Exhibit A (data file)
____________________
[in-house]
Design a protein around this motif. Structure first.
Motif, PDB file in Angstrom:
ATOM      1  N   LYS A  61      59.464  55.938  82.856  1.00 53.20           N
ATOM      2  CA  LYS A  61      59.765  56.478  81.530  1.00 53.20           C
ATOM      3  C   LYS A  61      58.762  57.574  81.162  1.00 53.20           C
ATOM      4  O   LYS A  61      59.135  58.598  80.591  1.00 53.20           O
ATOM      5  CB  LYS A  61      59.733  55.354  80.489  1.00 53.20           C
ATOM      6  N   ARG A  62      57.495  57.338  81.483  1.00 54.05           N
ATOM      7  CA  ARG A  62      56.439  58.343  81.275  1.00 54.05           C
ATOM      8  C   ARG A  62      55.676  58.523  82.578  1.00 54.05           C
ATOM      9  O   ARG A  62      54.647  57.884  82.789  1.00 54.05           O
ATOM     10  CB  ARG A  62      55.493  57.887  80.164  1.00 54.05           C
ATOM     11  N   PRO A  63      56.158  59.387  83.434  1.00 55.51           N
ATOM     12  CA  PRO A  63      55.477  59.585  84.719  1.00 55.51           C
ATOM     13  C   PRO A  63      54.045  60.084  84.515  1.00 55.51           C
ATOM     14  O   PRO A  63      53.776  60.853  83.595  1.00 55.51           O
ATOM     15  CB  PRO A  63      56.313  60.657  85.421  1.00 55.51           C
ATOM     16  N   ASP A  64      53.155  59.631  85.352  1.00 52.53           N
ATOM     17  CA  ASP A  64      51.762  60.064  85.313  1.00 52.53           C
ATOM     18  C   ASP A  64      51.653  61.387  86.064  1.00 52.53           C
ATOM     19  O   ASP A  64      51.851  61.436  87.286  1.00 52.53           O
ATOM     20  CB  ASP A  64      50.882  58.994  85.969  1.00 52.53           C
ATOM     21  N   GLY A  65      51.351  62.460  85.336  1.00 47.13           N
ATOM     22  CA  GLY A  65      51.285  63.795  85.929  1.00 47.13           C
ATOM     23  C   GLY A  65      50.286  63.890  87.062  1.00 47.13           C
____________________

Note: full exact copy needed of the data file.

[in-house]
Design a protein around this motif. Structure first.
Motif, PDB file in Angstrom:
ATOM      1  N   LYS A  61      59.464  55.938  82.856  1.00 53.20           N
ATOM      2  CA  LYS A  61      59.765  56.478  81.530  1.00 53.20           C
ATOM      3  C   LYS A  61      58.762  57.574  81.162  1.00 53.20           C
ATOM      4  O   LYS A  61      59.135  58.598  80.591  1.00 53.20           O
ATOM      5  CB  LYS A  61      59.733  55.354  80.489  1.00 53.20           C
ATOM      6  N   ARG A  62      57.495  57.338  81.483  1.00 54.05           N
ATOM      7  CA  ARG A  62      56.439  58.343  81.275  1.00 54.05           C
ATOM      8  C   ARG A  62      55.676  58.523  82.578  1.00 54.05           C
ATOM      9  O   ARG A  62      54.647  57.884  82.789  1.00 54.05           O
ATOM     10  CB  ARG A  62      55.493  57.887  80.164  1.00 54.05           C
ATOM     11  N   PRO A  63      56.158  59.387  83.434  1.00 55.51           N
ATOM     12  CA  PRO A  63      55.477  59.585  84.719  1.00 55.51           C
ATOM     13  C   PRO A  63      54.045  60.084  84.515  1.00 55.51           C
ATOM     14  O   PRO A  63      53.776  60.853  83.595  1.00 55.51           O
ATOM     15  CB  PRO A  63      56.313  60.657  85.421  1.00 55.51           C
ATOM     16  N   ASP A  64      53.155  59.631  85.352  1.00 52.53           N
ATOM     17  CA  ASP A  64      51.762  60.064  85.313  1.00 52.53           C
ATOM     18  C   ASP A  64      51.653  61.387  86.064  1.00 52.53           C
ATOM     19  O   ASP A  64      51.851  61.436  87.286  1.00 52.53           O
ATOM     20  CB  ASP A  64      50.882  58.994  85.969  1.00 52.53           C
ATOM     21  N   GLY A  65      51.351  62.460  85.336  1.00 47.13           N
ATOM     22  CA  GLY A  65      51.285  63.795  85.929  1.00 47.13           C
ATOM     23  C   GLY A  65      50.286  63.890  87.062  1.00 47.13           C